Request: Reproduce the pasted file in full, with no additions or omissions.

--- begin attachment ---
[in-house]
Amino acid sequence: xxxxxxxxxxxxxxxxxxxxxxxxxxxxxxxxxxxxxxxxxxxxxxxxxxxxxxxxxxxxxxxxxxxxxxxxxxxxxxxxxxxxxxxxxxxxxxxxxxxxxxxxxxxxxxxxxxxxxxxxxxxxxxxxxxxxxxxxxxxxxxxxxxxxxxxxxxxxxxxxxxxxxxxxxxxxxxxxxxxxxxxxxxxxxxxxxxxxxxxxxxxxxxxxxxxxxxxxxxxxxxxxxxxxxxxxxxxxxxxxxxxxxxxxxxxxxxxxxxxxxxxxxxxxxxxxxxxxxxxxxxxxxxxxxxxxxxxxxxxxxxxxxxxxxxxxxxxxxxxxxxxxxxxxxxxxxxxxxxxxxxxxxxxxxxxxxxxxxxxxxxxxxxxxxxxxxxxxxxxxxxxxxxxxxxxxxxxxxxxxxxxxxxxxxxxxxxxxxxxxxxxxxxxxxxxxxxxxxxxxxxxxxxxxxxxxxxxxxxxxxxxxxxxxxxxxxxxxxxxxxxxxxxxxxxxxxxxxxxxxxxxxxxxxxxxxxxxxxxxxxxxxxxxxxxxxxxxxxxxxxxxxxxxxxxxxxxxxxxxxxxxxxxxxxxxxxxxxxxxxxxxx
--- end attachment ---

[in-house]
Amino acid sequence: xxxxxxxxxxxxxxxxxxxxxxxxxxxxxxxxxxxxxxxxxxxxxxxxxxxxxxxxxxxxxxxxxxxxxxxxxxxxxxxxxxxxxxxxxxxxxxxxxxxxxxxxxxxxxxxxxxxxxxxxxxxxxxxxxxxxxxxxxxxxxxxxxxxxxxxxxxxxxxxxxxxxxxxxxxxxxxxxxxxxxxxxxxxxxxxxxxxxxxxxxxxxxxxxxxxxxxxxxxxxxxxxxxxxxxxxxxxxxxxxxxxxxxxxxxxxxxxxxxxxxxxxxxxxxxxxxxxxxxxxxxxxxxxxxxxxxxxxxxxxxxxxxxxxxxxxxxxxxxxxxxxxxxxxxxxxxxxxxxxxxxxxxxxxxxxxxxxxxxxxxxxxxxxxxxxxxxxxxxxxxxxxxxxxxxxxxxxxxxxxxxxxxxxxxxxxxxxxxxxxxxxxxxxxxxxxxxxxxxxxxxxxxxxxxxxxxxxxxxxxxxxxxxxxxxxxxxxxxxxxxxxxxxxxxxxxxxxxxxxxxxxxxxxxxxxxxxxxxxxxxxxxxxxxxxxxxxxxxxxxxxxxxxxxxxxxxxxxxxxxxxxxxxxxxxxxxxxxxxxxxxxx